This morning I decided to give my NutriBullet another try. I thought I burnt it out the other night mixing squash brownies in it, trying to save time. Apparently squash brownies are too thick. Digging around for the warranty info, (I just bought the thing two months ago) I remembered an important point. I tossed the warranty into the trash because I was sick of looking at it on my desk, and figured the chances of me breaking my new appliance were pretty slim.
Later on I jumped into my car, putting off the run I had planned. There were errands that needed attention more than my brownie gut did. Pay the internet bill, pop some paperwork into the mail, pick up a new battery for my cell phone, and maybe find a few moments to sip a latte and do some writing.
Slipping into the drivers seat, I stretched the seatbelt across my chest, clicking the buckle into place as my car revved to life. Off to get stuff done. "I really have it together," I think proudly to myself.
As my car crept backward toward the end of my driveway, my smile fell to the floor. I forgot to get gas on my way home last night again. This is the third time since Sunday it slipped my mind. Well maybe the first, (between you and me) the other two times I put it off.
The needle on the gage sits comfortably over the official empty line... if I look at it straight on. If I lean to the left of the steering wheel for a second opinion, it looks like I might make it to the end of the road. My road is 8 miles long. I could pull back in and siphon from the lawnmower, but instead I go for it.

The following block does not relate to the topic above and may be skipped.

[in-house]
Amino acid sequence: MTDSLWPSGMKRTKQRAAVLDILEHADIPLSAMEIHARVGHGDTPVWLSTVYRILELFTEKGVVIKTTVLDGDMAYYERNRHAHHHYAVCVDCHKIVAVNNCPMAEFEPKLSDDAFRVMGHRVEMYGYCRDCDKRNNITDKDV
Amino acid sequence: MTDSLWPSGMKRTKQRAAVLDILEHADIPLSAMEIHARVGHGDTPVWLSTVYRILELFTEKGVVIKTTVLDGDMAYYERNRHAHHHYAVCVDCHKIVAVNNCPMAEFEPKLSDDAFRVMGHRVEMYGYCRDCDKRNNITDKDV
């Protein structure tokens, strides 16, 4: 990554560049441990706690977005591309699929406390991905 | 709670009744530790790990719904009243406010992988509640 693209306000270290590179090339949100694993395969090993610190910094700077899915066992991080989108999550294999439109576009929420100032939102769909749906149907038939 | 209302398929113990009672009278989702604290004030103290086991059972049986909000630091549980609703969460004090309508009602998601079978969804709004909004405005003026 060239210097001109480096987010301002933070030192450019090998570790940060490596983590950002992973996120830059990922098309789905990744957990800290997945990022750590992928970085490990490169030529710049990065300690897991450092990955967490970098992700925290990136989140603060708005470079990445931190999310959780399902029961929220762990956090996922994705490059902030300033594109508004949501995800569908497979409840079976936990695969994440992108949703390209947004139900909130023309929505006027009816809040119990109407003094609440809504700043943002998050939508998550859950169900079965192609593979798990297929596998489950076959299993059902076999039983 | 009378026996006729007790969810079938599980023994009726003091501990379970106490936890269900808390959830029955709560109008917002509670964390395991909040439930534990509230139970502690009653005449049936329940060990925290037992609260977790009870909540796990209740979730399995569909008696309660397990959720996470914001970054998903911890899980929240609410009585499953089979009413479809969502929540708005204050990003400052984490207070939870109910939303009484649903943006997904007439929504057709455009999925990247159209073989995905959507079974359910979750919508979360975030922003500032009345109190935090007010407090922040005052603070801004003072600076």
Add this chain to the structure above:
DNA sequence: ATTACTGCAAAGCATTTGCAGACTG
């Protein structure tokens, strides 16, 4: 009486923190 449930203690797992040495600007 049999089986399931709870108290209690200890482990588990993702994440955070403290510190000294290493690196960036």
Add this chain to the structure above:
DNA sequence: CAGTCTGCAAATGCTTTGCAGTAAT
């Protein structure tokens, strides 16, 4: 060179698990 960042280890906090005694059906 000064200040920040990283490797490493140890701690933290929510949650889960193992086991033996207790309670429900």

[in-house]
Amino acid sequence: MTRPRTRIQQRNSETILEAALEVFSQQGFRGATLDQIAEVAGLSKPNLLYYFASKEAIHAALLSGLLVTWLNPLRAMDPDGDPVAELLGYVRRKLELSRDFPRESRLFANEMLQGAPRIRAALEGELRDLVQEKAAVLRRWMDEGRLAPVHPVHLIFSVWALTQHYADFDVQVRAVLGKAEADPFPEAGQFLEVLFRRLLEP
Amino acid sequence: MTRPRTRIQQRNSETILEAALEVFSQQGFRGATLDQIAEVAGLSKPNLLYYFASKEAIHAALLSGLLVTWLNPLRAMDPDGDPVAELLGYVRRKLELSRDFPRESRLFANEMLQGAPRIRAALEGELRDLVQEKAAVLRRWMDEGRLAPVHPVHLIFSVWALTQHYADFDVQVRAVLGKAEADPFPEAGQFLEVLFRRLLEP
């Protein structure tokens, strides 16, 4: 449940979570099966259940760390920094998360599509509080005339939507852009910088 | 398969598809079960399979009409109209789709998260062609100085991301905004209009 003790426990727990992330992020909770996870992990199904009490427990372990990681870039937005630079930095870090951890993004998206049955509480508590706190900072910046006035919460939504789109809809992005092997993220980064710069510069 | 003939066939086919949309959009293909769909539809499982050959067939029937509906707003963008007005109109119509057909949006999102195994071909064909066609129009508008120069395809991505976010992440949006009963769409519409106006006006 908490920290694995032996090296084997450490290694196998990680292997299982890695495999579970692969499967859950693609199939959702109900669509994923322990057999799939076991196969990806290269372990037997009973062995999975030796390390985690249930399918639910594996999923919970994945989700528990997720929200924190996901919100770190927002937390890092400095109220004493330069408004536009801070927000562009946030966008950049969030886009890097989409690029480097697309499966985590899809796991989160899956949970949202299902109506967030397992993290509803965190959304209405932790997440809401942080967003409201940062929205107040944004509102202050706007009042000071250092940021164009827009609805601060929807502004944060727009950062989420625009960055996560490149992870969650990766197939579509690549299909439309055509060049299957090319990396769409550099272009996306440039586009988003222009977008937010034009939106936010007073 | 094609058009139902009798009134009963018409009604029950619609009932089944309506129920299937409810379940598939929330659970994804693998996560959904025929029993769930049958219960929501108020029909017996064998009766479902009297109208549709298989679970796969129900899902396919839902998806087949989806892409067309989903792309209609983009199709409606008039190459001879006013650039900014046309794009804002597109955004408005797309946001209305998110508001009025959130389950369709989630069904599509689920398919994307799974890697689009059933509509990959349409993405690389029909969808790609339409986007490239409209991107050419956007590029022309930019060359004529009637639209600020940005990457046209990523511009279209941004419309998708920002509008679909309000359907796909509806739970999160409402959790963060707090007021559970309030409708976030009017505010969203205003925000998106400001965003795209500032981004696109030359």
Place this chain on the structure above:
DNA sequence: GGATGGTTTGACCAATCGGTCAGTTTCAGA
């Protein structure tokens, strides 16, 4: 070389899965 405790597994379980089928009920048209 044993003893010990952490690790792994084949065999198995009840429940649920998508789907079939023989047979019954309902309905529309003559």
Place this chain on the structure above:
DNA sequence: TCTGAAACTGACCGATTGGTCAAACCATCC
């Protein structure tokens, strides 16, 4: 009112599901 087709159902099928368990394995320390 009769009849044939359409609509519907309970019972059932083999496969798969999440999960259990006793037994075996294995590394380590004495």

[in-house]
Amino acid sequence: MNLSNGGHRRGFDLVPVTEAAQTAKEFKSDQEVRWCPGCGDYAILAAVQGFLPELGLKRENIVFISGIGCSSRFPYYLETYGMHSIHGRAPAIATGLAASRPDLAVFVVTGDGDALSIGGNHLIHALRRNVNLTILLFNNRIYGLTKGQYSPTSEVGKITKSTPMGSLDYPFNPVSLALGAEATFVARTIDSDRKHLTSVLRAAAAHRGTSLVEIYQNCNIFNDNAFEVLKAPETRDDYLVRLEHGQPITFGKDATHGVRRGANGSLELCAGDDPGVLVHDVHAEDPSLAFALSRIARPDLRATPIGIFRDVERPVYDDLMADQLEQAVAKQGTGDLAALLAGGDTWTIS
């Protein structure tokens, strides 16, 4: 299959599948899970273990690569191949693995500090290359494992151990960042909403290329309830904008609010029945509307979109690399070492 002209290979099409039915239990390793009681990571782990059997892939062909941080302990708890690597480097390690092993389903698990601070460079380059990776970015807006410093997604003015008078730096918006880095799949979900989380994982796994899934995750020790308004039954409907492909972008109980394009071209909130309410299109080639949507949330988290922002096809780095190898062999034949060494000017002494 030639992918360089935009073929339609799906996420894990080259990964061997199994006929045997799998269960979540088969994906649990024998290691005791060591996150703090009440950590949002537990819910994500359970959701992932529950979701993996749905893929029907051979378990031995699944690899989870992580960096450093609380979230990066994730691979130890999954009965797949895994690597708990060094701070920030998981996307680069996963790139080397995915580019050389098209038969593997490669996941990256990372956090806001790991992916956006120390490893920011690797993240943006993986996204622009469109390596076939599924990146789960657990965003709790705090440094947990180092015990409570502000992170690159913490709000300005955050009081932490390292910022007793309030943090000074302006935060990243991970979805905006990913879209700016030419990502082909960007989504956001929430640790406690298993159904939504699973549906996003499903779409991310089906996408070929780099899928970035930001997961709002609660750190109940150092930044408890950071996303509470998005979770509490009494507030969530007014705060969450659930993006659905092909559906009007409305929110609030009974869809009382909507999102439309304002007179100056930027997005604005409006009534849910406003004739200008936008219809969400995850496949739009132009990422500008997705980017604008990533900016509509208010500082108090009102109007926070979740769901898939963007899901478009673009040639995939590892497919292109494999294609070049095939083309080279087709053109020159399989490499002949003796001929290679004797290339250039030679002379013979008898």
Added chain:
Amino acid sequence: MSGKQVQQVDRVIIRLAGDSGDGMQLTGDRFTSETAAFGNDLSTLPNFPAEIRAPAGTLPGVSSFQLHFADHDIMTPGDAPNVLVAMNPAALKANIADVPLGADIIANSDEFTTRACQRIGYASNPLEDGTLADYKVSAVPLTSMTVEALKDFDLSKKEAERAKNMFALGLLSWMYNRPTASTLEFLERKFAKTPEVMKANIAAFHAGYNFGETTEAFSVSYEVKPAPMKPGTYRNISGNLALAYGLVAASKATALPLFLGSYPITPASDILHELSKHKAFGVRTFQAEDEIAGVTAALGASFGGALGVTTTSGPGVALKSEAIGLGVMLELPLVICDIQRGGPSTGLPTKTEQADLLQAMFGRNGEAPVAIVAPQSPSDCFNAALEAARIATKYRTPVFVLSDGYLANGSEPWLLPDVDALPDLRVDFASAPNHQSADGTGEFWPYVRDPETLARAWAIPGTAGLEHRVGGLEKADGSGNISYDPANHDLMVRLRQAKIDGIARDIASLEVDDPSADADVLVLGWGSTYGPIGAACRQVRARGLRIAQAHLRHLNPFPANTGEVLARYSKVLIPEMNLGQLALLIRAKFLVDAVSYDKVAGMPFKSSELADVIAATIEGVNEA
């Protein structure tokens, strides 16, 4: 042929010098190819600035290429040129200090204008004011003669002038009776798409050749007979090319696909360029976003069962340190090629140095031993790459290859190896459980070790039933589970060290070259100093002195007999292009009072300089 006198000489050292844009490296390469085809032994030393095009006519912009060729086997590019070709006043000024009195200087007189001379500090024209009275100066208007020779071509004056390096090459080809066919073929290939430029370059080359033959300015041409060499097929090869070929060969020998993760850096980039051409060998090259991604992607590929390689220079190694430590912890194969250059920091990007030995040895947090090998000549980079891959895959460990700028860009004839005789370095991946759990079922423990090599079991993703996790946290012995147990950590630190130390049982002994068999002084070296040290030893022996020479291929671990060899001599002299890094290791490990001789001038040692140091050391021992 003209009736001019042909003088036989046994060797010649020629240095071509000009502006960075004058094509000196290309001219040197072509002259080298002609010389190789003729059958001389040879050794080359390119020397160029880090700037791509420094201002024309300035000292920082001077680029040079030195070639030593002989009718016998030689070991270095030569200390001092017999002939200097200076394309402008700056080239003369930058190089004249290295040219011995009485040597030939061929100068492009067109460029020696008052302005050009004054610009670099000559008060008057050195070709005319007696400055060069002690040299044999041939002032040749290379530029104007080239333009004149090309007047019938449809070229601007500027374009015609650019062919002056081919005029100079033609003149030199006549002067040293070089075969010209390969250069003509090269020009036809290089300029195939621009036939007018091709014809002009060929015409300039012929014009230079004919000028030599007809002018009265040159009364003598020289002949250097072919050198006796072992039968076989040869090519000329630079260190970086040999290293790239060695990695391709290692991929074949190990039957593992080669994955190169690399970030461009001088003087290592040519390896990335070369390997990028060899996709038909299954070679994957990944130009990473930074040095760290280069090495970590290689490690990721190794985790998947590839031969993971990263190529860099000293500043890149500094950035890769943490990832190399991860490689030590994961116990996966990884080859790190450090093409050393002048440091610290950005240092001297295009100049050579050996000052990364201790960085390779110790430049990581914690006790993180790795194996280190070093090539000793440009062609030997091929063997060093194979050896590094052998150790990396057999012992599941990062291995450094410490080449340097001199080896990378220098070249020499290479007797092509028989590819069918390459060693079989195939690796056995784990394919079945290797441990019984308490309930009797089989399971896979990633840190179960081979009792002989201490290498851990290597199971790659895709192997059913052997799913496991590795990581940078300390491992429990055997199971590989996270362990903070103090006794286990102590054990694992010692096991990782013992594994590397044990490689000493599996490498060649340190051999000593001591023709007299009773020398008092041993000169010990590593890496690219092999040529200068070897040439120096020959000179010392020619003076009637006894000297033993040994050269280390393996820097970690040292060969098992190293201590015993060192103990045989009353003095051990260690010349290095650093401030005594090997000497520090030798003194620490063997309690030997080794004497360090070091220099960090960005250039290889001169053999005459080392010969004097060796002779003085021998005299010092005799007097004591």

This situation is one I have been involved with many times before. It's called a "self- inflicted" situation. It sounds much more serious and irresponsible than "procrastination", which is too socially accepted. Putting a task off for later in hopes of preserving the quality of now. Straight- up laziness if you ask me. An example of this would be, "I should stop for gas on the way home, but it's raining and I'm chilly- plus the dog had been in the car for a while and the kids are hungry. I'll do it in the morning." Any excuse will do.
The atmosphere in my car is less than relaxed, especially when I catch up to a huge farm tractor hauling a loaded manure spreader up the road, driving a little faster than I would have been running had I not chose to skip that part of my day. Can't he tell by the way I am tailgating that I have a situation here? Anyway, I snuck past him and made it. I love a happy ending.
*If I my NutriBullet was broken and I actually ran out of gas, the lesson would be this:
If we end up receiving the consequences of our self- inflicted situations, we will be much more motivated in the future to plan ahead so that we truly have it together, right?